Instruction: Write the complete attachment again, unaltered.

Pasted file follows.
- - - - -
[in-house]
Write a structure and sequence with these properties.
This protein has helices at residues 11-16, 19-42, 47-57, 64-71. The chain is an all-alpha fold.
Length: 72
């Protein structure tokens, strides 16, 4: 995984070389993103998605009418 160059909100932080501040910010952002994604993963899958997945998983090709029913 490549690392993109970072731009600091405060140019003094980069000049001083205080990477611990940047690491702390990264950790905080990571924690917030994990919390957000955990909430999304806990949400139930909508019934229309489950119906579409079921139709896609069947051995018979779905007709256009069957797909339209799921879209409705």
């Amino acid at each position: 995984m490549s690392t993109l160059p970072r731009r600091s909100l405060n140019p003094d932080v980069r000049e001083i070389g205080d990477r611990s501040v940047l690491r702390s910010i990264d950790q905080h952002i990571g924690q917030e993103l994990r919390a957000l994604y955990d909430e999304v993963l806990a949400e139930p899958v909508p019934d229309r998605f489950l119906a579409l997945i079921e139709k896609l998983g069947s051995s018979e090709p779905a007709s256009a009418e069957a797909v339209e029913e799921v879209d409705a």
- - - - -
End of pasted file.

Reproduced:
[in-house]
Write a structure and sequence with these properties.
This protein has helices at residues 11-16, 19-42, 47-57, 64-71. The chain is an all-alpha fold.
Length: 72
């Protein structure tokens, strides 16, 4: 995984070389993103998605009418 160059909100932080501040910010952002994604993963899958997945998983090709029913 490549690392993109970072731009600091405060140019003094980069000049001083205080990477611990940047690491702390990264950790905080990571924690917030994990919390957000955990909430999304806990949400139930909508019934229309489950119906579409079921139709896609069947051995018979779905007709256009069957797909339209799921879209409705």
């Amino acid at each position: 995984m490549s690392t993109l160059p970072r731009r600091s909100l405060n140019p003094d932080v980069r000049e001083i070389g205080d990477r611990s501040v940047l690491r702390s910010i990264d950790q905080h952002i990571g924690q917030e993103l994990r919390a957000l994604y955990d909430e999304v993963l806990a949400e139930p899958v909508p019934d229309r998605f489950l119906a579409l997945i079921e139709k896609l998983g069947s051995s018979e090709p779905a007709s256009a009418e069957a797909v339209e029913e799921v879209d409705a």